· The homegrown oil is rich in the anti-inflammatory properties of Vitamin E and Omega-6
Rooted in the philosophy of “It takes a village” that resonates in its name, locally produced “Arona” is a different kind of cooking oil.
Not only is it health-conscious, it is also the first homegrown virgin sunflower oil to hit the market in Botswana.
Upon deciding that cooking should be a health-oriented exercise, founder Fannie Gwizi went on to produce cooking oil that is much cleaner. Says marketing executive Tuduetso Nkunyane: “We are a health-conscious team that insists on holistic living.
“With many non-communicable diseases on the rise, we felt that there should be a product in the market that improves the health of Batswana and everybody else in this country. Cooking oil is used daily in our households, hence our push for a healthier choice.”
Naming the virgin sunflower oil “Arona” was an attempt to communicate a sense of ownership of something that Batswana can be proud of. “’Arona,’ which translates to ‘ours,’ is something we wanted all Batswana to be proud of and grow a sense of ownership from,” Nkunyane continues. “The oil is created and packaged in Botswana, and our by-product is sunflower cake that is used as livestock feeds.”
Having launched the product in 2014, Gwizi and his team sought to penetrate a market that is seemingly unaware of the cooking oils it uses, as well as their effects. “Over the years, we have come to realise that Batswana consider price rather than content and quality when it comes to cooking oil,” says Gwisi.
“The cheaper the oil, the more popular it is. What they do not understand is the health implications some of these oils have, which may prove detrimental to consumers in the long term.”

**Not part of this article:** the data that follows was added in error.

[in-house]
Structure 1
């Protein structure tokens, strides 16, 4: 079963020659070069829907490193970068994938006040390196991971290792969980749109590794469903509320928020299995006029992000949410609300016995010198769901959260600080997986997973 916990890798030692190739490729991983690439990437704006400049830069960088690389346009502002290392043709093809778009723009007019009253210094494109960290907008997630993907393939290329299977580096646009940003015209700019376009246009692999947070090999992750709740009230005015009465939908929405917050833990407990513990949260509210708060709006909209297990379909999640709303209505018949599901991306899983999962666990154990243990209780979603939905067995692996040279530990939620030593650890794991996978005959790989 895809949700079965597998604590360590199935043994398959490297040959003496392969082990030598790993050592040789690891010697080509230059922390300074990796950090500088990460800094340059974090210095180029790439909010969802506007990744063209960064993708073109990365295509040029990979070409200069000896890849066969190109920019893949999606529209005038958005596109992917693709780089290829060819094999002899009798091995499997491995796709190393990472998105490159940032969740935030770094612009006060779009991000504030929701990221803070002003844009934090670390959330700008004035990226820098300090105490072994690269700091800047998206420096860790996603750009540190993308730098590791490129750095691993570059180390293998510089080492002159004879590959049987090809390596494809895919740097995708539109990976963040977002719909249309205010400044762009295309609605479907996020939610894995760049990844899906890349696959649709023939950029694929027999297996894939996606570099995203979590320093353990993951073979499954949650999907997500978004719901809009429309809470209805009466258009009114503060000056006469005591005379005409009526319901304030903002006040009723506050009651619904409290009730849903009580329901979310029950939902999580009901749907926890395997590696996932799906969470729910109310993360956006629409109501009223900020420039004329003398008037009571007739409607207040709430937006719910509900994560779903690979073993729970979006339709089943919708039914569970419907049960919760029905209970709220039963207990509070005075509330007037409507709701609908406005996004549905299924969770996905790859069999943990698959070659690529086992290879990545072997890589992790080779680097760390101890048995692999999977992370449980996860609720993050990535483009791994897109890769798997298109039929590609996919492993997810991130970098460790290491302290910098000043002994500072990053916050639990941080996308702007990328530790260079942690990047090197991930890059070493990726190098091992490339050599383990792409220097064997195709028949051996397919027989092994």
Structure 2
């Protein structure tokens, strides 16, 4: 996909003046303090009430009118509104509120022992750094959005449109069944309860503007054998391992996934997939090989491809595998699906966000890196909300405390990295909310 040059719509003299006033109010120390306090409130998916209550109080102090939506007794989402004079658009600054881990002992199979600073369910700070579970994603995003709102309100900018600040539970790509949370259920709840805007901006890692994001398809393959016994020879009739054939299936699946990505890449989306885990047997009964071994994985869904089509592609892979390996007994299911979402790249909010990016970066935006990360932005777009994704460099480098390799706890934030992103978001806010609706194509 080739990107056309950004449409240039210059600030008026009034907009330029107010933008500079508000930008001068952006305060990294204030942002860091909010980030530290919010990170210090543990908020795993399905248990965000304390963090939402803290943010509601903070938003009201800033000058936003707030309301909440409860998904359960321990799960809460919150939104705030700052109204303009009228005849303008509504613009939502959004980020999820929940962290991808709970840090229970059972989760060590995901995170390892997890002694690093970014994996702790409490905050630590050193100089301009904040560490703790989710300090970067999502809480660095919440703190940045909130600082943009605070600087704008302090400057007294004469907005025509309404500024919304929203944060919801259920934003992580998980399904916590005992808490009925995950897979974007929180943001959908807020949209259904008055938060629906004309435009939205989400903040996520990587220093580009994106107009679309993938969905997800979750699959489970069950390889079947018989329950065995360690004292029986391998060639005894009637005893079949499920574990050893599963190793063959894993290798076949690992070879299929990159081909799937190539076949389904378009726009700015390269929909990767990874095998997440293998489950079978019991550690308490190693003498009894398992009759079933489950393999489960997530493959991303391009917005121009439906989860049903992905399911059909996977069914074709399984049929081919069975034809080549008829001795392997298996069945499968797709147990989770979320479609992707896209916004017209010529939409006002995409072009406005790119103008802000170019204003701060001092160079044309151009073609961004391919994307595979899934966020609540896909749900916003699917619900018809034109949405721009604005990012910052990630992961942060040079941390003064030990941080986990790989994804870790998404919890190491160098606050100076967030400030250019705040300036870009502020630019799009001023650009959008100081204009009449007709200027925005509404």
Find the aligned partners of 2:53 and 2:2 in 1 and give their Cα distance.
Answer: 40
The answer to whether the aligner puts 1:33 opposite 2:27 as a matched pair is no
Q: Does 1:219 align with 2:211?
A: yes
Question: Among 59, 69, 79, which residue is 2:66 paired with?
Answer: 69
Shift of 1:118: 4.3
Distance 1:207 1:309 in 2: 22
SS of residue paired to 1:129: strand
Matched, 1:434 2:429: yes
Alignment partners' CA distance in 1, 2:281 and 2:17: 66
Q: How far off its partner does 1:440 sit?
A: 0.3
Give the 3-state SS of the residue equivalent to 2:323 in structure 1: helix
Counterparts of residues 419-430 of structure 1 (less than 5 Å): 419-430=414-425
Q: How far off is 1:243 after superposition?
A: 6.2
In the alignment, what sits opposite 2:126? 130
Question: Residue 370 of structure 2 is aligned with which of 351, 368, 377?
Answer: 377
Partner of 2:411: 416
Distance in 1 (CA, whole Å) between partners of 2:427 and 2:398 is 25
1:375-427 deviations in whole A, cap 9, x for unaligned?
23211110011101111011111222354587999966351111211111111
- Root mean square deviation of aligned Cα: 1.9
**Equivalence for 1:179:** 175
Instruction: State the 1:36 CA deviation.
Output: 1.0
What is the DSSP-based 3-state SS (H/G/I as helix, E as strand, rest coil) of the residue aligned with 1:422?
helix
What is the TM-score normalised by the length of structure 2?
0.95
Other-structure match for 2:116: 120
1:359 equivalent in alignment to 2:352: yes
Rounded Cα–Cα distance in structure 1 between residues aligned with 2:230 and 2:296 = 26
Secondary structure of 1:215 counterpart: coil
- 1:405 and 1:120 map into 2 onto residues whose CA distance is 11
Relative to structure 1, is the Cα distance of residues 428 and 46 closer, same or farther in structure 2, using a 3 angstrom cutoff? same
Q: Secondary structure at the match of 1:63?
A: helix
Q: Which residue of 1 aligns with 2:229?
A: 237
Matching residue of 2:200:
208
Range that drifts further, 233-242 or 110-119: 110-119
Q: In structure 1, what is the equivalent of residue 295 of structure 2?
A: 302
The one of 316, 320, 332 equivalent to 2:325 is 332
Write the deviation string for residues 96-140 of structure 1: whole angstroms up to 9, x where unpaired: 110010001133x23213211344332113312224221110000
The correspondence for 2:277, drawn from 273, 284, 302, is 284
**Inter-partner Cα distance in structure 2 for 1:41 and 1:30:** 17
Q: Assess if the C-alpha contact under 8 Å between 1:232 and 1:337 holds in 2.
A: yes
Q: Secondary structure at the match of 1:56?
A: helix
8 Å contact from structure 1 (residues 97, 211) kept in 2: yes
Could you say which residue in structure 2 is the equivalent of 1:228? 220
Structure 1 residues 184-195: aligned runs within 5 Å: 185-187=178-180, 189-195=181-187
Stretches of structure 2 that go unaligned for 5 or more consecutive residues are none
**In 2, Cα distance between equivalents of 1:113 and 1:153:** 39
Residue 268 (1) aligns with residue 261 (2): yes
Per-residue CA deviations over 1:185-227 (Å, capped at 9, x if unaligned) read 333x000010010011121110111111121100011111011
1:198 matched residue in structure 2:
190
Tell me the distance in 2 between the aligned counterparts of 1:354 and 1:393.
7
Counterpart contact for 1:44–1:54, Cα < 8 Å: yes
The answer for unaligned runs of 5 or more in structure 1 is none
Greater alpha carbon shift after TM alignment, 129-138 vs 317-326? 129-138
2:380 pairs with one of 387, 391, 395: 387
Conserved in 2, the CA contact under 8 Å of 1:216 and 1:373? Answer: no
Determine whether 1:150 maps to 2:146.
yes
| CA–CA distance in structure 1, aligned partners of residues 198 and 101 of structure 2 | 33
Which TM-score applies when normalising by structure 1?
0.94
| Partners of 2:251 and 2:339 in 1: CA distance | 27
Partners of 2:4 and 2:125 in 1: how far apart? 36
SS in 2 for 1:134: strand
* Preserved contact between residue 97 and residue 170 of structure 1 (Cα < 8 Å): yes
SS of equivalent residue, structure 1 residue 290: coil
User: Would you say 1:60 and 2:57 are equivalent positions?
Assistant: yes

Stressing the benefits of virgin sunflower oil from its immense anti-inflammatory properties of Vitamin E and Omega-6 content, Nkunyane explains that “Arona” is more than just cooking oil but a health priority. “It’s not just about what food; it’s about what you do daily to live a healthy lifestyle,” she says.
She points out the lack of a protected market and transparent vetting process in procurement procedures as some of the hindering obstacles they have encountered in their manufacturing business in Botswana.
“We currently supply some hotels and stores with our oil,” she says. “We want to have partnerships with more companies as well as government, but there is a great need for government to prioritise local products in the tendering process. We need to feel protected as manufacturers.”
Every year the company a wellness event styled “You Are What You Eat” that encourages holistic health and fitness routines that people can adopt in their daily living. “We hope to grow the brand to better serve and engage more with the community,” Nkunyane says.
For more on “Arona,” go to their Facebook page Arona Natural Foods.